Feeds

Want a Microsoft cloud subscription? You'll need to be 'committed'

Servers, tools and Azure discount offer (just don't mention the outages)

Protecting against web application threats using SSL

Microsoft has updated its software licensing with a bundle to woo “highly committed” customers who build their clouds using Windows.

Redmond’s November price list (PDF) gives loyal customers the option to consume a smorgasbord of serious server and tools software through subscription instead of using the usual site, server and client licence.

Subscriptions are being extended to Windows Server and System Center, SQL Server, BizTalk Server and SharePoint Server, Visual Server and Windows Azure.

Microsoft calls the option Server and Cloud Enrollment (SCE). It is available to those already on an Enterprise Agreement – Redmond's plan for those who buy in volume.

SCE “allows highly committed customers to standardize broadly on one or more key Server and Cloud technologies from Microsoft” the price list said. Once they commit using "to one or more components" across their "installed base", they receive certain discounts and extra services.

Microsoft hinted at the change last month as part of its strategy to push Windows Azure and to grab business customers from Amazon.

To keep Windows shops off Amazon, Microsoft is offering enterprise discounts on commodity services such as computer, storage and bandwidth and is allowing businesses to settle up their bill at the end of the year to accommodate unplanned growth.

It’s an update to the price battle Microsoft has waged with Amazon since day one on Windows Azure, where it’s tried to under cut the cloud giant and also provided price packages and offers.

“These changes bring significant value to enterprises looking to invest in a cloud platform that will allow them to evolve over time, Microsoft said in a blog here.

Microsoft is pushing the assault on Amazon, hoping customers will soon forget about last week's worldwide Windows Azure outage. It's the second global outage for Microsoft's compute cloud this year, coming nine months after a lapsed HTTPS certificate took down Windows Azure's storage component.

The fact that Microsoft's cloud can fall down so comprehensively might worry new customers concerned about what it means about the underlying architecture of Windows Azure, specifically on partitioning.

Those taking advantage of November's pricing should also beware of later cost increases. Over time, customers risk becoming hooked and thus tied into increased costs – if and when Microsoft’s market share increases and it feels it is gaining a strong enough footing against rivals.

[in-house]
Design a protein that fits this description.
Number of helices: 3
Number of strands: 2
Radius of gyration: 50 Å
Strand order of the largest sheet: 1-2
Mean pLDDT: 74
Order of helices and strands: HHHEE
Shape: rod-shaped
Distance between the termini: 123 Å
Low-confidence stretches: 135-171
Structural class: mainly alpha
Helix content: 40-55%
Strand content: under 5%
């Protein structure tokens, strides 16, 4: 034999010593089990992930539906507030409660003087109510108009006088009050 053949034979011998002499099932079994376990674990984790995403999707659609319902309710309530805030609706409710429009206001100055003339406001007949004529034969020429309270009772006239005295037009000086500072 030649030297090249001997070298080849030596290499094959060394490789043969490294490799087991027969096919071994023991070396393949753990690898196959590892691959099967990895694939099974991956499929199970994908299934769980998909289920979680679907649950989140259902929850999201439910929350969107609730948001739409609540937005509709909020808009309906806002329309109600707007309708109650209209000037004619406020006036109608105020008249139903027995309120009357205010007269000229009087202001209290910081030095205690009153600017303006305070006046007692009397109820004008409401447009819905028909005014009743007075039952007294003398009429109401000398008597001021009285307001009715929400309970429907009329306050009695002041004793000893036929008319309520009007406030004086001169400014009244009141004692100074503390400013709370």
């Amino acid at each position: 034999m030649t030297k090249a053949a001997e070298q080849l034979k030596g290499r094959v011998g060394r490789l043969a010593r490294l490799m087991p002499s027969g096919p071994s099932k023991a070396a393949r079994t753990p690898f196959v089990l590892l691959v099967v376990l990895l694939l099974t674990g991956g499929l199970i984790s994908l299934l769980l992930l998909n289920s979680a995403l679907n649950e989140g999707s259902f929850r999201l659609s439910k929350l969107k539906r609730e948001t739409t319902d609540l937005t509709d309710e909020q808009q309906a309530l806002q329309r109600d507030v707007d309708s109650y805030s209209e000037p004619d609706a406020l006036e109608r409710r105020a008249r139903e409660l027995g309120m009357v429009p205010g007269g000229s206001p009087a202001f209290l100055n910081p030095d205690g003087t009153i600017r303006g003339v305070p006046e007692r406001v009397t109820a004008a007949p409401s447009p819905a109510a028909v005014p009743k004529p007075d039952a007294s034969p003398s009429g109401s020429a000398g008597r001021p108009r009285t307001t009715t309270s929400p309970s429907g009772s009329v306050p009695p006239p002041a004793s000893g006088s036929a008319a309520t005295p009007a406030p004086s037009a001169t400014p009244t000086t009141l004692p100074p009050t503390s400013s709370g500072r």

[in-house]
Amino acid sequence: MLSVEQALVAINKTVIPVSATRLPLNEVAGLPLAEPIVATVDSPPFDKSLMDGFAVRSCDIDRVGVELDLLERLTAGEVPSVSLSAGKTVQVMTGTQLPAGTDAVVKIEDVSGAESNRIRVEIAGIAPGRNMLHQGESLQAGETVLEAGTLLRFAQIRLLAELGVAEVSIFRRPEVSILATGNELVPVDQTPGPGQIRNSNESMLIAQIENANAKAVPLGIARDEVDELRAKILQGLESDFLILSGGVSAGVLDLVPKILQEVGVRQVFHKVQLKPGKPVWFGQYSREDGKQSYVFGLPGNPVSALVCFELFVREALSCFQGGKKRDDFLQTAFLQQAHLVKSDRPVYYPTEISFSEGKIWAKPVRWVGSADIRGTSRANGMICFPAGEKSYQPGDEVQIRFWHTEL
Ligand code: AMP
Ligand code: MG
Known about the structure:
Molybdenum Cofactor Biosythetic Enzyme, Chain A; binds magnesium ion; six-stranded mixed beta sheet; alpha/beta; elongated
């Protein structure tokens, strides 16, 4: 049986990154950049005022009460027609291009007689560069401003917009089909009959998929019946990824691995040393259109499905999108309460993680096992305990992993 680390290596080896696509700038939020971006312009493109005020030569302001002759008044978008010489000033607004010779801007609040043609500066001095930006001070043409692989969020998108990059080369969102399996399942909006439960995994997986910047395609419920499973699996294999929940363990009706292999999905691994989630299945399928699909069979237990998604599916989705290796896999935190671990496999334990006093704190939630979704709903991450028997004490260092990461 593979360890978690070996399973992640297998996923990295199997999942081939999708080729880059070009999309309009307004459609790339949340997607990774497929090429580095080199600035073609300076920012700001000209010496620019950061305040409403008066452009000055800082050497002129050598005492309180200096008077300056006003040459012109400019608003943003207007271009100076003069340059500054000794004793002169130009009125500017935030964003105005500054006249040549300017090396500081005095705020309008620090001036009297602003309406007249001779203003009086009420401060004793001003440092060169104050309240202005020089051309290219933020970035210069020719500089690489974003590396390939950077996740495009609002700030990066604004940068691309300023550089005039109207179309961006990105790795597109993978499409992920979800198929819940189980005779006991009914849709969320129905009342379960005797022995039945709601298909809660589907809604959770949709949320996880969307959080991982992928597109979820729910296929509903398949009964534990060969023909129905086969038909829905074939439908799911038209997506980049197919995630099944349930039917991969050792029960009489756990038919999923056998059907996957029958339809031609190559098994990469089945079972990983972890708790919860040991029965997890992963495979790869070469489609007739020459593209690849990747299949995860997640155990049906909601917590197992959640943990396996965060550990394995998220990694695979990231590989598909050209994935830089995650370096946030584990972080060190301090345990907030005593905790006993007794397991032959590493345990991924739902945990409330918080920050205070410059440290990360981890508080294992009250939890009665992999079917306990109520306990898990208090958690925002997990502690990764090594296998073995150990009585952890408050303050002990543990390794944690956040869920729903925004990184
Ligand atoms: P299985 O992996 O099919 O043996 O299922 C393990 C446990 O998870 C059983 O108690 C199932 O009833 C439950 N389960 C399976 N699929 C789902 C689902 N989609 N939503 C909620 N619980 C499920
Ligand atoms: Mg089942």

In August, Microsoft bumped up the price of Windows Server 2012 R2 by a whopping 28 per cent for those using the Datacenter edition. The price hit hardest among those using large numbers of Hyper-V virtual machines. Microsoft had, initially, seeded the market with free Hyper-V as part of Windows Server to establish a foothold against VMware.

Microsoft licensing tracker Paul De Groot noted at the time that 2013 has seen a record number of licence fee increases by the company. ®

Choosing a cloud hosting partner with confidence

More from The Register

next story
Wanna keep your data for 1,000 YEARS? No? Hard luck, HDS wants you to anyway
Combine Blu-ray and M-DISC and you get this monster
Google+ GOING, GOING ... ? Newbie Gmailers no longer forced into mandatory ID slurp
Mountain View distances itself from lame 'network thingy'
US boffins demo 'twisted radio' mux
OAM takes wireless signals to 32 Gbps
Apple flops out 2FA for iCloud in bid to stop future nude selfie leaks
Millions of 4chan users howl with laughter as Cupertino slams stable door
'Kim Kardashian snaps naked selfies with a BLACKBERRY'. *Twitterati gasps*
More alleged private, nude celeb pics appear online
Students playing with impressive racks? Yes, it's cluster comp time
The most comprehensive coverage the world has ever seen. Ever
Run little spreadsheet, run! IBM's Watson is coming to gobble you up
Big Blue's big super's big appetite for big data in big clouds for big analytics
Seagate's triple-headed Cerberus could SAVE the DISK WORLD
... and possibly bring us even more HAMR time. Yay!
prev story

Whitepapers

Secure remote control for conventional and virtual desktops
Balancing user privacy and privileged access, in accordance with compliance frameworks and legislation. Evaluating any potential remote control choice.
WIN a very cool portable ZX Spectrum
Win a one-off portable Spectrum built by legendary hardware hacker Ben Heck
Storage capacity and performance optimization at Mizuno USA
Mizuno USA turn to Tegile storage technology to solve both their SAN and backup issues.
High Performance for All
While HPC is not new, it has traditionally been seen as a specialist area – is it now geared up to meet more mainstream requirements?
The next step in data security
With recent increased privacy concerns and computers becoming more powerful, the chance of hackers being able to crack smaller-sized RSA keys increases.